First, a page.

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Research Summary

Do Primary Care-based Interventions Decrease Alcohol Use in Older Drinkers?

The benefit of alcohol brief intervention (BI) for older drinkers is uncertain. Prior research showed efficacy but defined at-risk drinking narrowly and did not take into account risk factors more common to older drinkers such as interaction with medications or comorbidities. In this study, researchers randomized 631 at-risk* drinkers aged ≥55 years to intervention (advice from a primary-care provider, personalized printed information, educational material, and telephone follow-up with a health educator at 2, 4, and 8 weeks) or to a control group (educational material only). Participants were primarily male, white, and well-educated. Self-reported baseline consumption averaged 15 drinks per week.

  • At 3 months, intervention-group participants reported fewer drinks per week (8.9 versus 10.7) and were less likely to be at-risk drinkers (50% versus 61%) than controls. However, only fewer drinks per week (9.4 versus 10.7 drinks) remained significant at 12 months.
  • Attrition rates were higher in the intervention group (21% at 3 months and 29% at 12 months) than in the control group (4% at 3 months and 7% at 12 months).
*Comorbidity Alcohol Risk Evaluation Tool (CARET) score of 1–7. The CARET is a validated instrument that assesses for alcohol-related high-risk comorbid conditions and medication use as well as risky patterns of consumption.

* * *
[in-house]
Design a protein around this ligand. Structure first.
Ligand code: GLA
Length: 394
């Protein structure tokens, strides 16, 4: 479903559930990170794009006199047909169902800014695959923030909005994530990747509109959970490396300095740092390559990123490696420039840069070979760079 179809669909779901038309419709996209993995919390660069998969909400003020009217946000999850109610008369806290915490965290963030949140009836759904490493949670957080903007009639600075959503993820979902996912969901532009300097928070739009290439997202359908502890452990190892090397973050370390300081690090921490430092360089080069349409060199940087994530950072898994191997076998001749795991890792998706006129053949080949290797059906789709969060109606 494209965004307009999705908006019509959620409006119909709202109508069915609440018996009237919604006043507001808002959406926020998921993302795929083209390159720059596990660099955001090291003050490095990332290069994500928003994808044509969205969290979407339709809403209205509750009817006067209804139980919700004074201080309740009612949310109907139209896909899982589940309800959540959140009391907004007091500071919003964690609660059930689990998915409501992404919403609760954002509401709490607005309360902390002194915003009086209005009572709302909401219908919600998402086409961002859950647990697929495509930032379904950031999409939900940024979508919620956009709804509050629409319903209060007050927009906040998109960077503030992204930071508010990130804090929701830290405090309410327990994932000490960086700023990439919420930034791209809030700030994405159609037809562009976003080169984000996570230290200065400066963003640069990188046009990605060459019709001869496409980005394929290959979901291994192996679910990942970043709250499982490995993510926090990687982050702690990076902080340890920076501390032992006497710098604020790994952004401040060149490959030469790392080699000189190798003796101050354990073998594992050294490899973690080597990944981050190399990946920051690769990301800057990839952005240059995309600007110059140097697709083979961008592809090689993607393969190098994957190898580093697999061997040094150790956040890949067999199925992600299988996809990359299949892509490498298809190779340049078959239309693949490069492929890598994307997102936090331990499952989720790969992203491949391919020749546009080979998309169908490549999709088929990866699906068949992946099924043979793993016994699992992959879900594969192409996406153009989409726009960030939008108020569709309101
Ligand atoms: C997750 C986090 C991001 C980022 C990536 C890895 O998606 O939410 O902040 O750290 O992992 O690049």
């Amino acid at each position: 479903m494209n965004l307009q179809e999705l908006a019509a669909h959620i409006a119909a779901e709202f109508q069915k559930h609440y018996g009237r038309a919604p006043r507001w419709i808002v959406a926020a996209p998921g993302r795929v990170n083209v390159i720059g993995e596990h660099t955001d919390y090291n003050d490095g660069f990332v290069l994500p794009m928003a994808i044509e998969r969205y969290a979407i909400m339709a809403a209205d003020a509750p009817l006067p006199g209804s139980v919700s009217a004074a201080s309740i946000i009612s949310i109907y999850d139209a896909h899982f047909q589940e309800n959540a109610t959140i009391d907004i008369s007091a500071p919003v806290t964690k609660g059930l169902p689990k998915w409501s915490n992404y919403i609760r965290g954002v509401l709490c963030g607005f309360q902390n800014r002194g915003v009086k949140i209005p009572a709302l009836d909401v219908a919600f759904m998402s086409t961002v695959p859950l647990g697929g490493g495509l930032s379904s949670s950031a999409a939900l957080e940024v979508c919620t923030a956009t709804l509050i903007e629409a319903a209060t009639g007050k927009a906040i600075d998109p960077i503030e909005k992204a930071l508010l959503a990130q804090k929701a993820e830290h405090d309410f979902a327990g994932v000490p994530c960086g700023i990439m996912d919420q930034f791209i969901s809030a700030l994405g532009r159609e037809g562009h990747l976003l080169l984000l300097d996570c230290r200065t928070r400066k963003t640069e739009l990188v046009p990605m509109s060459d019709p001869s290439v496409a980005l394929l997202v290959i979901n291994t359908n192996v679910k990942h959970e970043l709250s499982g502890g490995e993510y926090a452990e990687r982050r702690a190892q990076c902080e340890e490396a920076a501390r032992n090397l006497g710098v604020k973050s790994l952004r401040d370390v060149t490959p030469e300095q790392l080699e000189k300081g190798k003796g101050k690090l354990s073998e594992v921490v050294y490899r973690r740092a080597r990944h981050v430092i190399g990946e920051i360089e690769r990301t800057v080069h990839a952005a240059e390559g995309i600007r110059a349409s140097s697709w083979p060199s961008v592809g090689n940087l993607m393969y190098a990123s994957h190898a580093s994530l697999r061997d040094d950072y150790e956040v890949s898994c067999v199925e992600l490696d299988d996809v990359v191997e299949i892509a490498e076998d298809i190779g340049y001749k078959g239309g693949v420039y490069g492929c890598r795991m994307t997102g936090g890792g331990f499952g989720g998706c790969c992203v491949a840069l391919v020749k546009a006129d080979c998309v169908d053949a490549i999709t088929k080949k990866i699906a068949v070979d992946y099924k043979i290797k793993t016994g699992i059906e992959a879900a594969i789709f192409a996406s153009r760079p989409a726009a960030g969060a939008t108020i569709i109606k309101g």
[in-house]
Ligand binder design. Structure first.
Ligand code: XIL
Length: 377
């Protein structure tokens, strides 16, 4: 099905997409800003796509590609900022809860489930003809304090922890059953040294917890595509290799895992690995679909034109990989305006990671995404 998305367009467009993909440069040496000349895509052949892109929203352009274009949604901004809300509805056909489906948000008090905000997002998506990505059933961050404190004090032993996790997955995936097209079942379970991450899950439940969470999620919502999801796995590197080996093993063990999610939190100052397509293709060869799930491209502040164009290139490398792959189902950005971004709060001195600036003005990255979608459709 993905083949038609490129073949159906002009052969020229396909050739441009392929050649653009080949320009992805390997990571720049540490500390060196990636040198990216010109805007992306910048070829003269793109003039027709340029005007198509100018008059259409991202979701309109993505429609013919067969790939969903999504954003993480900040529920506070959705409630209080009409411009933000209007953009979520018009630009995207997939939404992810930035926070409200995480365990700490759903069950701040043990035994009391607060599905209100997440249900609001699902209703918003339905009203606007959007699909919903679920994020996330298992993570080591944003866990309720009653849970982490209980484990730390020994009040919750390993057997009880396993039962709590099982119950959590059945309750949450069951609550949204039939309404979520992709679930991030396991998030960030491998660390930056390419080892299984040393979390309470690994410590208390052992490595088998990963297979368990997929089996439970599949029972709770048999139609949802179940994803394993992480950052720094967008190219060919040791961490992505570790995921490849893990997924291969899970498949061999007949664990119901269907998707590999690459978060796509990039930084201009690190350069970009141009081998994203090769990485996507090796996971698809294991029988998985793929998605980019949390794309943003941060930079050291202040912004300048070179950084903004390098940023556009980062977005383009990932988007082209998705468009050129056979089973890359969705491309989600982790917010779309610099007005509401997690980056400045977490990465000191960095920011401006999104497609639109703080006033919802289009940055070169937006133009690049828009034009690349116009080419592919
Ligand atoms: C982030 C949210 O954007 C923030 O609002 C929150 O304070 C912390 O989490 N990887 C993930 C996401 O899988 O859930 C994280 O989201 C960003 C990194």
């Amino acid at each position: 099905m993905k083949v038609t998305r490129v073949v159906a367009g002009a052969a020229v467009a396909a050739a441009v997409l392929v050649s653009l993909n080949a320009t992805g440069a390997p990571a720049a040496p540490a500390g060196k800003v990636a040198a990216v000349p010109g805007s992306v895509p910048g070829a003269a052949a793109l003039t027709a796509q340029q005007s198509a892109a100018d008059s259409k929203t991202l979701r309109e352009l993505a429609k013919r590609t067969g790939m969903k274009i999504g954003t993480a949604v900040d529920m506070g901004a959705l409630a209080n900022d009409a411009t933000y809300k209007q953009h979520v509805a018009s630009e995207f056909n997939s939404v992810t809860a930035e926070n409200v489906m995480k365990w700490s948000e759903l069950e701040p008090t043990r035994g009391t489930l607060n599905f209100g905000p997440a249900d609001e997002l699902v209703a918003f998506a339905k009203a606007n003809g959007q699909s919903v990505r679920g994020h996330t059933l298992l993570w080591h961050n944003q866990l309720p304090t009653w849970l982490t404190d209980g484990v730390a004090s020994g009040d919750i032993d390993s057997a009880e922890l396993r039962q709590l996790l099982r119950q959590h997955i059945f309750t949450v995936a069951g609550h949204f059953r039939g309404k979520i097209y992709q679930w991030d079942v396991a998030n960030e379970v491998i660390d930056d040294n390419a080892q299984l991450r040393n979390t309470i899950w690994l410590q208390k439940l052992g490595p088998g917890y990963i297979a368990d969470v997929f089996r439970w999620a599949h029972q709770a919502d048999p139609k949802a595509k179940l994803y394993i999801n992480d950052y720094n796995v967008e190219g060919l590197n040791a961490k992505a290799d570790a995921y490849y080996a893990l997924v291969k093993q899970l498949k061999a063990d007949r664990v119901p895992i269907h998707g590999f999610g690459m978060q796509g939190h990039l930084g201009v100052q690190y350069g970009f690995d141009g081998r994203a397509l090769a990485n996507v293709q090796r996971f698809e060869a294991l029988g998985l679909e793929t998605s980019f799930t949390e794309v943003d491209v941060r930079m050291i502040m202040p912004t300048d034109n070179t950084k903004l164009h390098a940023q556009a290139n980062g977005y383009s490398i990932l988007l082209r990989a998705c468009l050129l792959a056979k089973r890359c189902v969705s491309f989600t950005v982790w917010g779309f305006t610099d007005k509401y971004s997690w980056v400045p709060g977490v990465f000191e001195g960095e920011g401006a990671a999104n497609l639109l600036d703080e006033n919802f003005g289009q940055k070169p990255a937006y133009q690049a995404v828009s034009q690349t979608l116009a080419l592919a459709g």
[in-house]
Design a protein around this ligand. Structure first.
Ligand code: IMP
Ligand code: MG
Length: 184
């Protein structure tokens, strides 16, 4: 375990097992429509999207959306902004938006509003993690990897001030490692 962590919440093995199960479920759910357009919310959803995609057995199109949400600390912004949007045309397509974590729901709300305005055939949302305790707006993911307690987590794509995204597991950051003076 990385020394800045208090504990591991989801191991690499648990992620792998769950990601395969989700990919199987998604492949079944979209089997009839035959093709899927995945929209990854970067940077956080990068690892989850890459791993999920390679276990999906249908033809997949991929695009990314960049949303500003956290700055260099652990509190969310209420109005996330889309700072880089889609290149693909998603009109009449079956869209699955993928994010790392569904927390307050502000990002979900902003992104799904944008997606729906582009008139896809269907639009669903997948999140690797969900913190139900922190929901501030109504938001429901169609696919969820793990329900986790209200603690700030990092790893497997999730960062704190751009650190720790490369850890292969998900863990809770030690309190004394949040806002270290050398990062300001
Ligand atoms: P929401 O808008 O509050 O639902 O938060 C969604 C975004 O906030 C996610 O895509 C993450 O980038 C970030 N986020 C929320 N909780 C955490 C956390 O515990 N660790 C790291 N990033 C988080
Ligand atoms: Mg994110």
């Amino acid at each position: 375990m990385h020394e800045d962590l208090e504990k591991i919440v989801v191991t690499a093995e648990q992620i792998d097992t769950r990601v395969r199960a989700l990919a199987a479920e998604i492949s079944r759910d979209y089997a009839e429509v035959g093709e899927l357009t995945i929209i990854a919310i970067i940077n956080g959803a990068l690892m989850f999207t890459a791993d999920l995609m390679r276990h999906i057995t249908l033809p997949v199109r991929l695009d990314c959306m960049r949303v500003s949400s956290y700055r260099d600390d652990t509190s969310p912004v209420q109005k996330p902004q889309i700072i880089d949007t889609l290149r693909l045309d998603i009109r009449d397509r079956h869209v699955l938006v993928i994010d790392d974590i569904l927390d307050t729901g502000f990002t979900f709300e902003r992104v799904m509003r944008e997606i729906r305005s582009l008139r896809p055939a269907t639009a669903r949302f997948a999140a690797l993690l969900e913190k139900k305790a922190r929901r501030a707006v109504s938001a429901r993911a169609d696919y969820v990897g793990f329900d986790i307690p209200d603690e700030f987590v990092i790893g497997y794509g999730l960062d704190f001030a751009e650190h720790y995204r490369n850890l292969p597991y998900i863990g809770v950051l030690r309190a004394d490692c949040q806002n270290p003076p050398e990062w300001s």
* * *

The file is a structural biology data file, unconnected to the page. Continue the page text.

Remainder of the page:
The intervention may have decreased alcohol use, but given the significant difference in attrition, the observed benefit could also be the result of dropout by at-risk drinkers. Furthermore, the observation that drinking outcomes improved in both intervention and control groups at 3 and 12 months compared with baseline suggests a research-assessment effect, natural history, potential contamination at the study sites, and/or a stronger than expected effect from the educational materials given to controls. “Booster” follow-up sessions may need to extend beyond 8 weeks to maintain a positive effect in older drinkers. Kevin L. Kraemer, MD, MSc


Moore AA, Blow FC, Hoffing M, et al. Primary care-based intervention to reduce at-risk drinking in older adults: a randomized controlled trial. Addiction. 2011;106 (1):111–120.